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kgoglin 07-14-2016 04:14 PM

Blue Pippen problems
Is anyone else having problems with Blue Pippen's accuracy? Our error % from all our control DNAs tests range from 3-13%.

One Example:
Tight Setting(250bp)
Bioanalyzer average size (bp) (282bp)
12.8% error

What is an acceptable error rate for the Blue Pippen?

We have been using a 20bp offset for our samples (both amplicon and sheared gDNA) and BP control DNA. (So for a 390bp extraction, we use the 370bp tight setting.) This has been working for a while, but not anymore. We contacted Sage Science, who has been helping us a little, but we are still running through loops. Sage says our BP instrument log files are great and that it could be a cassette issue. They also think that since we are using PCR product, we may have single-stranded DNA that may be interfering with how we visualize peaks on the Bioanalzyer. This may be true but our sheared gDNA does not size accurately either.

Sage Science suggests that, for every new sample type, we run a test run to determine the best setting. Does anyone do this?

What other problems have you seen with the Blue Pippen? Is there a better alternative?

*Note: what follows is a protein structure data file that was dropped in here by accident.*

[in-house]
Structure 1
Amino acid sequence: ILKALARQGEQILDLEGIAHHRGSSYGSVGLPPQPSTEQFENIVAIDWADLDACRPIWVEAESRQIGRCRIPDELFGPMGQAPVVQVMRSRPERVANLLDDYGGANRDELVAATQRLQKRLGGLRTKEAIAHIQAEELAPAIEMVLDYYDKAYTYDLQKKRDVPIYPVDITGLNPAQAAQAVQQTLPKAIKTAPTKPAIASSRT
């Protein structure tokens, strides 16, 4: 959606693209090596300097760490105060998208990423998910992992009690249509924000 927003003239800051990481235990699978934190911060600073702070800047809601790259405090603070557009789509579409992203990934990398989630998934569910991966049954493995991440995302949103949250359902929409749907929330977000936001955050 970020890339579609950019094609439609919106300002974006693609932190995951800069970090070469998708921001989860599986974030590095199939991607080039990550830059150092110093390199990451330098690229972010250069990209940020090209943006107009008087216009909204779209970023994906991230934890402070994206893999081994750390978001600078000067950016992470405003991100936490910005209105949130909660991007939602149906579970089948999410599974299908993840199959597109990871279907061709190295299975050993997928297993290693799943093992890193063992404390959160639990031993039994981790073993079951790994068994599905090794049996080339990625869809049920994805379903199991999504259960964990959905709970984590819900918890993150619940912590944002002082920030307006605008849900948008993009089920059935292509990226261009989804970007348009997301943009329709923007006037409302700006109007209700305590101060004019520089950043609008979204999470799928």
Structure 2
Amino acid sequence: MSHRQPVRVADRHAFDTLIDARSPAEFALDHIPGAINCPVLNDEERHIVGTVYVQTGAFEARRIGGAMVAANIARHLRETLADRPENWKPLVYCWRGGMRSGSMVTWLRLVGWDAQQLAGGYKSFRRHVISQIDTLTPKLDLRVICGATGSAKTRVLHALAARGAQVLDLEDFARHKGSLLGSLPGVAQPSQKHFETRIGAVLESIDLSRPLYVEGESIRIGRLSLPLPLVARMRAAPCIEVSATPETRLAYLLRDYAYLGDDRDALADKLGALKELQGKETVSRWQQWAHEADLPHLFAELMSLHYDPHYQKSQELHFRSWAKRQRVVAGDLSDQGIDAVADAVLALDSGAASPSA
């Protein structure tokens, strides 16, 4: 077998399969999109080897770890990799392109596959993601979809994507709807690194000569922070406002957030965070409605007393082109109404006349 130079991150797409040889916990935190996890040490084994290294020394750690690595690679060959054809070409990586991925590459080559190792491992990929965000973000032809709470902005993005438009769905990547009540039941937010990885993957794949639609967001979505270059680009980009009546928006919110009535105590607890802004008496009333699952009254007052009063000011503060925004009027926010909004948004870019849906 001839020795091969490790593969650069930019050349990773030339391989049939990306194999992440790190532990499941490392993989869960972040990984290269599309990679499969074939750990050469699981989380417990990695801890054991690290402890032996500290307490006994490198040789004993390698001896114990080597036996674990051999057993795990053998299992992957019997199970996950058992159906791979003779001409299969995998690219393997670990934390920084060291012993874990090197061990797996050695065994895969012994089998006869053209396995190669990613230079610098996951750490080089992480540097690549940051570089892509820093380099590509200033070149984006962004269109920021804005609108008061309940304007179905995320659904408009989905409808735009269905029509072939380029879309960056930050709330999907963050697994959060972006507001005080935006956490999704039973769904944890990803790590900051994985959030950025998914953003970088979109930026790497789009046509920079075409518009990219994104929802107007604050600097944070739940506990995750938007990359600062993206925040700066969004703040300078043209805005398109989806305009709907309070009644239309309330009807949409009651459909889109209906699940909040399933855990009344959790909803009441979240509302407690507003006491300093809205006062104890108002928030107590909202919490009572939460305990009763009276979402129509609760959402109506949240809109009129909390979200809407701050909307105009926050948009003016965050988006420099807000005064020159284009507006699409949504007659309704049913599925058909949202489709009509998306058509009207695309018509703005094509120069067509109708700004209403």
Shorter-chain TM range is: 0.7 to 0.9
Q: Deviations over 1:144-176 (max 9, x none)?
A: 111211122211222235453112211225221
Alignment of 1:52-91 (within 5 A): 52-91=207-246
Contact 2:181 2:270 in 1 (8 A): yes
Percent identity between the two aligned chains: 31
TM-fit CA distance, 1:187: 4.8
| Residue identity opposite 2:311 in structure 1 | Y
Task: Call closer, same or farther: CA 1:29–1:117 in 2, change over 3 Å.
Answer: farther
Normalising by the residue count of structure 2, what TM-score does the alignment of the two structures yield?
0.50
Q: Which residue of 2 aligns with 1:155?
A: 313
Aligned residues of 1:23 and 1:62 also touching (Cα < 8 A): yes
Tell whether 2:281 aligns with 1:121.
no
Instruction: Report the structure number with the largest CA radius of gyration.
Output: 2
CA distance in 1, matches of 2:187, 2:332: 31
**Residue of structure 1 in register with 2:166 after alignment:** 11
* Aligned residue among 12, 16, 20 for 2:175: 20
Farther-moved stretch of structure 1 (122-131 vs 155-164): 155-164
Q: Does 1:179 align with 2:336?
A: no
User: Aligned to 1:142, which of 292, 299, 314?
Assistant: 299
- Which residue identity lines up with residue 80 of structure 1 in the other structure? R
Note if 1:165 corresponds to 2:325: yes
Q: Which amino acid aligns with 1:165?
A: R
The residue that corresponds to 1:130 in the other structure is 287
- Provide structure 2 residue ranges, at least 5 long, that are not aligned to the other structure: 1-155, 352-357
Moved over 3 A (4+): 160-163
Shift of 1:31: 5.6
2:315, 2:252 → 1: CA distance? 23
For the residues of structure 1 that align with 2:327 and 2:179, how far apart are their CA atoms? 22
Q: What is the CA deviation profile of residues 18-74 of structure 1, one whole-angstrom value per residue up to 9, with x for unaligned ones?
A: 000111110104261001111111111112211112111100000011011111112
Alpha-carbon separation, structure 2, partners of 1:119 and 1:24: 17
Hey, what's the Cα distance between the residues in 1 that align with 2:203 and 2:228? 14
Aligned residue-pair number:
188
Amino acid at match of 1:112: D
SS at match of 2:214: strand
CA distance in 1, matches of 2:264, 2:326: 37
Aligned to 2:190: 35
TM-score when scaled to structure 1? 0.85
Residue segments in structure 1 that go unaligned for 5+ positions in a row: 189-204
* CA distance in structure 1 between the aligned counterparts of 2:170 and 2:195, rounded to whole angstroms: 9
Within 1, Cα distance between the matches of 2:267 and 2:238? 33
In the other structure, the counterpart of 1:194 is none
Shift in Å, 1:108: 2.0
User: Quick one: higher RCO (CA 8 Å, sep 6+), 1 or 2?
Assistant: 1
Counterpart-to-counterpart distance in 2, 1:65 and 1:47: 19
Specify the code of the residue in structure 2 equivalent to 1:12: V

nucacidhunter 07-14-2016 06:44 PM

One has to take into account size distribution CV, reproducibility% and accuracy% for each Cassette type. Loading quantity, structure of DNA (blunt ended, Y shape, staggered ends) also can affect the size range distribution. On top of all of these also BA has its own specifications and deviation from them also will affect the sizing.

Your example of tight setting at 370bp will collect fragments in 337-403bp. If you use range setting of 350-390 it will not collect 370bp as that setting is narrower than tightest setting possible for which the software gives a narrow warning.

I agree with Sage explanation and their platform is much better than another one that I have tried.

kerplunk412 07-18-2016 11:32 AM

I know that to select small RNA libraries of ~150 bp and exclude adapter-dimer at ~130 bp you must use settings way different from expected (115 bp-170 bp collection range), so I am not surprised that a little optimization may be necessary.

Regarding a better alternative, the only other thing I have tried is the E-gel, and Pippin is so much better it isn't even a comparison. I think the Caliper LabChip is probably a better comparison but I haven't had a chance to try it. I did find this Googling a little though.

nucacidhunter 07-19-2016 12:13 AM

I had a similar result to the linked paper in kerplunk412 post comparing Pippin and LabChip.

kgoglin 07-22-2016 10:38 AM

Thank you for responding :)

Sage Science said that they like to see less than 10% error from the control DNA. This seems pretty high to me but if that's the case, then I guess we will have to test more than one setting for each sample type.

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